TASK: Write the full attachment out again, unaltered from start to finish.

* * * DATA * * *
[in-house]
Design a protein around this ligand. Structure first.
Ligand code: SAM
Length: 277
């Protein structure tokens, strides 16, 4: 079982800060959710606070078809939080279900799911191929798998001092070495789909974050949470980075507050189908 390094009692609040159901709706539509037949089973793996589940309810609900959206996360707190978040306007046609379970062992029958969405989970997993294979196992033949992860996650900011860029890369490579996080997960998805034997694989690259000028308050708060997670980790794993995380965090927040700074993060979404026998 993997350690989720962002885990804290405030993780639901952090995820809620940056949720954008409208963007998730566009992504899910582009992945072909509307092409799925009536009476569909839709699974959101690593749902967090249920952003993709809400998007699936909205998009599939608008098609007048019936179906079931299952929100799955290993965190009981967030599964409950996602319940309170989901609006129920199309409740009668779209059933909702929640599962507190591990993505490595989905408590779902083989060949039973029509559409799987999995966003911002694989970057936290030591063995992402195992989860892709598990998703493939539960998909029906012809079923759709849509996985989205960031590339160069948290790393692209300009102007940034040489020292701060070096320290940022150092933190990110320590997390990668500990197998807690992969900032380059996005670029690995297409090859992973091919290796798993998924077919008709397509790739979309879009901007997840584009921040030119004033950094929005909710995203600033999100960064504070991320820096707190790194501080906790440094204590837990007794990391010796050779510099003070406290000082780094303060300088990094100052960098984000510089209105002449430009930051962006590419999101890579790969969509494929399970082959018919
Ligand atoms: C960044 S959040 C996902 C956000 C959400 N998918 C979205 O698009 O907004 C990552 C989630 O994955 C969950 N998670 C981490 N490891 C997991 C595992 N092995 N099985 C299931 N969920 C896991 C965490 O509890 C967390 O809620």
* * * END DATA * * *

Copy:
[in-house]
Design a protein around this ligand. Structure first.
Ligand code: SAM
Length: 277
């Protein structure tokens, strides 16, 4: 079982800060959710606070078809939080279900799911191929798998001092070495789909974050949470980075507050189908 390094009692609040159901709706539509037949089973793996589940309810609900959206996360707190978040306007046609379970062992029958969405989970997993294979196992033949992860996650900011860029890369490579996080997960998805034997694989690259000028308050708060997670980790794993995380965090927040700074993060979404026998 993997350690989720962002885990804290405030993780639901952090995820809620940056949720954008409208963007998730566009992504899910582009992945072909509307092409799925009536009476569909839709699974959101690593749902967090249920952003993709809400998007699936909205998009599939608008098609007048019936179906079931299952929100799955290993965190009981967030599964409950996602319940309170989901609006129920199309409740009668779209059933909702929640599962507190591990993505490595989905408590779902083989060949039973029509559409799987999995966003911002694989970057936290030591063995992402195992989860892709598990998703493939539960998909029906012809079923759709849509996985989205960031590339160069948290790393692209300009102007940034040489020292701060070096320290940022150092933190990110320590997390990668500990197998807690992969900032380059996005670029690995297409090859992973091919290796798993998924077919008709397509790739979309879009901007997840584009921040030119004033950094929005909710995203600033999100960064504070991320820096707190790194501080906790440094204590837990007794990391010796050779510099003070406290000082780094303060300088990094100052960098984000510089209105002449430009930051962006590419999101890579790969969509494929399970082959018919
Ligand atoms: C960044 S959040 C996902 C956000 C959400 N998918 C979205 O698009 O907004 C990552 C989630 O994955 C969950 N998670 C981490 N490891 C997991 C595992 N092995 N099985 C299931 N969920 C896991 C965490 O509890 C967390 O809620």